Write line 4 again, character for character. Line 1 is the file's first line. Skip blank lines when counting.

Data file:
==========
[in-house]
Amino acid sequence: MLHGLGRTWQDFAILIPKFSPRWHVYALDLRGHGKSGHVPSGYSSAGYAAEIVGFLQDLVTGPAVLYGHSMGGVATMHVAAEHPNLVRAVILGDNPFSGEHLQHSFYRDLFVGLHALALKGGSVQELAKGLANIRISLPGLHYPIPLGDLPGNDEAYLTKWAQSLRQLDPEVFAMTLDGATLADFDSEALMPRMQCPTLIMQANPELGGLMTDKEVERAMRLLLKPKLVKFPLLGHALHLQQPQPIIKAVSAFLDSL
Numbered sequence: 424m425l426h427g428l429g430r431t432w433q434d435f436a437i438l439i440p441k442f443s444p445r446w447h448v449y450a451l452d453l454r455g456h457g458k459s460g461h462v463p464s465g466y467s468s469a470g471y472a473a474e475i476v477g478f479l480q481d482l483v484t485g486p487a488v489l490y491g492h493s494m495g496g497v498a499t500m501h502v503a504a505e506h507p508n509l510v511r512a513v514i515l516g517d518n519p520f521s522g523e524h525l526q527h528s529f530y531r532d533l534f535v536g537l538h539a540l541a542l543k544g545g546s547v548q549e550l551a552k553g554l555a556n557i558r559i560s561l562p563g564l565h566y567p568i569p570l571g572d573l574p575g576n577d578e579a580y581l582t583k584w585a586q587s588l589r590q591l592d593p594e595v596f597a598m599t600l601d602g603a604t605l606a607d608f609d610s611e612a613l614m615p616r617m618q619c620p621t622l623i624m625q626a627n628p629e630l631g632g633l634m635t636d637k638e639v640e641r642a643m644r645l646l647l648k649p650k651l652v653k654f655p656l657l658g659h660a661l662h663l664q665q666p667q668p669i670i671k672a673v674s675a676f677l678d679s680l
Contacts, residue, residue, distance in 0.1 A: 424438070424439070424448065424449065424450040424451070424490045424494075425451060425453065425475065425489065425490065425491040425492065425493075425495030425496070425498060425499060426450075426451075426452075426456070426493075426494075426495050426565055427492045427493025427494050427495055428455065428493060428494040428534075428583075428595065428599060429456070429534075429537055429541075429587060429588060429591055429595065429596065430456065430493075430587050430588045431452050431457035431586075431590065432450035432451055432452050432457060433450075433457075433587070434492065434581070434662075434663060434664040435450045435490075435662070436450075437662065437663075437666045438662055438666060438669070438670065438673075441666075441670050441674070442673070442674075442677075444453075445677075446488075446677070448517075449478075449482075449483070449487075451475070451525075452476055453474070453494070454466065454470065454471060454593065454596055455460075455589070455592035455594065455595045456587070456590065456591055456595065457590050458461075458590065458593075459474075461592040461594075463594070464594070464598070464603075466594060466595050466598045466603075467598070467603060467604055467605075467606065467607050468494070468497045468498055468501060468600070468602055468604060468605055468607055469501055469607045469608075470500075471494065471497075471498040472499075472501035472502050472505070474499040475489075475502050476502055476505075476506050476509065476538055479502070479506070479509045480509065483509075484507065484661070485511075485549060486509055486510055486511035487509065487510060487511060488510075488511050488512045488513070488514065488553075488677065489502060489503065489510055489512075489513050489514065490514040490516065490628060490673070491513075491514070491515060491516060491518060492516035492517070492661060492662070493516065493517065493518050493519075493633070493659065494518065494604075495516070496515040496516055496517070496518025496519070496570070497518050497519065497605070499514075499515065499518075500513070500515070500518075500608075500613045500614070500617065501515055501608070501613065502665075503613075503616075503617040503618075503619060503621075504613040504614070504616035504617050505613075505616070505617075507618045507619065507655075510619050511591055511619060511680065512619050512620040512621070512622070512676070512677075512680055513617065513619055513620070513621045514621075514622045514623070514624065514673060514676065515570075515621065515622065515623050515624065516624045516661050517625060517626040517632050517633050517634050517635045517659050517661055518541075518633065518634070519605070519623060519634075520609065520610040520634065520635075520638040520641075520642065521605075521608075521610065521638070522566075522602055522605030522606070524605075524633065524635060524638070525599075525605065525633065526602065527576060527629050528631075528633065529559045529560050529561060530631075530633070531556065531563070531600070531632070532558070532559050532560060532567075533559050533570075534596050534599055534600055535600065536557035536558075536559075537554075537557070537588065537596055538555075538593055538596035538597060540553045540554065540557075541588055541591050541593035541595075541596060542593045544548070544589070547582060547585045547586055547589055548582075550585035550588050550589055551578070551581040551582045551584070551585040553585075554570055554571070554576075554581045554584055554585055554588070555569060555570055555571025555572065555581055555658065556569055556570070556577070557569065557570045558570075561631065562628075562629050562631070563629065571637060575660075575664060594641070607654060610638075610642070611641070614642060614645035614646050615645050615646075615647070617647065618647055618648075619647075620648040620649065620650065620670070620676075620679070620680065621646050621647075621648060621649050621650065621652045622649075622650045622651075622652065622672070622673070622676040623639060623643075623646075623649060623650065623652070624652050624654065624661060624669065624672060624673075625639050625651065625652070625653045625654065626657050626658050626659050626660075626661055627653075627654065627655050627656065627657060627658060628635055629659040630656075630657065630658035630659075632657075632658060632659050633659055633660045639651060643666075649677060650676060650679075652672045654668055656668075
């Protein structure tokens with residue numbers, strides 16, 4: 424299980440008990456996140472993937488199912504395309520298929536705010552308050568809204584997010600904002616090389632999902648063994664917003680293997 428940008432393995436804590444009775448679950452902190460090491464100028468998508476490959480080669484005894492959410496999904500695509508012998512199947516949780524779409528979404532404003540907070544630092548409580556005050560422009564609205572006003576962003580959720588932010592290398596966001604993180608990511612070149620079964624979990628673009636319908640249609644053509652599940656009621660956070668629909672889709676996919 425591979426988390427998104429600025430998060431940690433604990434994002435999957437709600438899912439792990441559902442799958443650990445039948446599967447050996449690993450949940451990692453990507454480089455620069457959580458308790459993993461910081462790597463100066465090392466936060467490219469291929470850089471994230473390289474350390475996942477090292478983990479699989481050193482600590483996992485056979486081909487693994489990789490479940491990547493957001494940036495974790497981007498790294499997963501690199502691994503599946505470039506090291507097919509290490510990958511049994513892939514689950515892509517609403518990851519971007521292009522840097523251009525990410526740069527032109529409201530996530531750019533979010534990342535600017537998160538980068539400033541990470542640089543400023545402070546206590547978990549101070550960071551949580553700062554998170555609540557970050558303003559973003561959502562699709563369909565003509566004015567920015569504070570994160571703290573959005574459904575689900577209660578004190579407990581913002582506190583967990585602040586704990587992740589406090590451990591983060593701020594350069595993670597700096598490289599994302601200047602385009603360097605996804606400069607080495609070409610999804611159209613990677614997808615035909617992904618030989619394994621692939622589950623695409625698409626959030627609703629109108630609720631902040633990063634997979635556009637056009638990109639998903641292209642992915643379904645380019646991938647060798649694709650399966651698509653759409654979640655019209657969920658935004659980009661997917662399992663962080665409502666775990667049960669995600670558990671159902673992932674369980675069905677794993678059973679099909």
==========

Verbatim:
Contacts, residue, residue, distance in 0.1 A: 424438070424439070424448065424449065424450040424451070424490045424494075425451060425453065425475065425489065425490065425491040425492065425493075425495030425496070425498060425499060426450075426451075426452075426456070426493075426494075426495050426565055427492045427493025427494050427495055428455065428493060428494040428534075428583075428595065428599060429456070429534075429537055429541075429587060429588060429591055429595065429596065430456065430493075430587050430588045431452050431457035431586075431590065432450035432451055432452050432457060433450075433457075433587070434492065434581070434662075434663060434664040435450045435490075435662070436450075437662065437663075437666045438662055438666060438669070438670065438673075441666075441670050441674070442673070442674075442677075444453075445677075446488075446677070448517075449478075449482075449483070449487075451475070451525075452476055453474070453494070454466065454470065454471060454593065454596055455460075455589070455592035455594065455595045456587070456590065456591055456595065457590050458461075458590065458593075459474075461592040461594075463594070464594070464598070464603075466594060466595050466598045466603075467598070467603060467604055467605075467606065467607050468494070468497045468498055468501060468600070468602055468604060468605055468607055469501055469607045469608075470500075471494065471497075471498040472499075472501035472502050472505070474499040475489075475502050476502055476505075476506050476509065476538055479502070479506070479509045480509065483509075484507065484661070485511075485549060486509055486510055486511035487509065487510060487511060488510075488511050488512045488513070488514065488553075488677065489502060489503065489510055489512075489513050489514065490514040490516065490628060490673070491513075491514070491515060491516060491518060492516035492517070492661060492662070493516065493517065493518050493519075493633070493659065494518065494604075495516070496515040496516055496517070496518025496519070496570070497518050497519065497605070499514075499515065499518075500513070500515070500518075500608075500613045500614070500617065501515055501608070501613065502665075503613075503616075503617040503618075503619060503621075504613040504614070504616035504617050505613075505616070505617075507618045507619065507655075510619050511591055511619060511680065512619050512620040512621070512622070512676070512677075512680055513617065513619055513620070513621045514621075514622045514623070514624065514673060514676065515570075515621065515622065515623050515624065516624045516661050517625060517626040517632050517633050517634050517635045517659050517661055518541075518633065518634070519605070519623060519634075520609065520610040520634065520635075520638040520641075520642065521605075521608075521610065521638070522566075522602055522605030522606070524605075524633065524635060524638070525599075525605065525633065526602065527576060527629050528631075528633065529559045529560050529561060530631075530633070531556065531563070531600070531632070532558070532559050532560060532567075533559050533570075534596050534599055534600055535600065536557035536558075536559075537554075537557070537588065537596055538555075538593055538596035538597060540553045540554065540557075541588055541591050541593035541595075541596060542593045544548070544589070547582060547585045547586055547589055548582075550585035550588050550589055551578070551581040551582045551584070551585040553585075554570055554571070554576075554581045554584055554585055554588070555569060555570055555571025555572065555581055555658065556569055556570070556577070557569065557570045558570075561631065562628075562629050562631070563629065571637060575660075575664060594641070607654060610638075610642070611641070614642060614645035614646050615645050615646075615647070617647065618647055618648075619647075620648040620649065620650065620670070620676075620679070620680065621646050621647075621648060621649050621650065621652045622649075622650045622651075622652065622672070622673070622676040623639060623643075623646075623649060623650065623652070624652050624654065624661060624669065624672060624673075625639050625651065625652070625653045625654065626657050626658050626659050626660075626661055627653075627654065627655050627656065627657060627658060628635055629659040630656075630657065630658035630659075632657075632658060632659050633659055633660045639651060643666075649677060650676060650679075652672045654668055656668075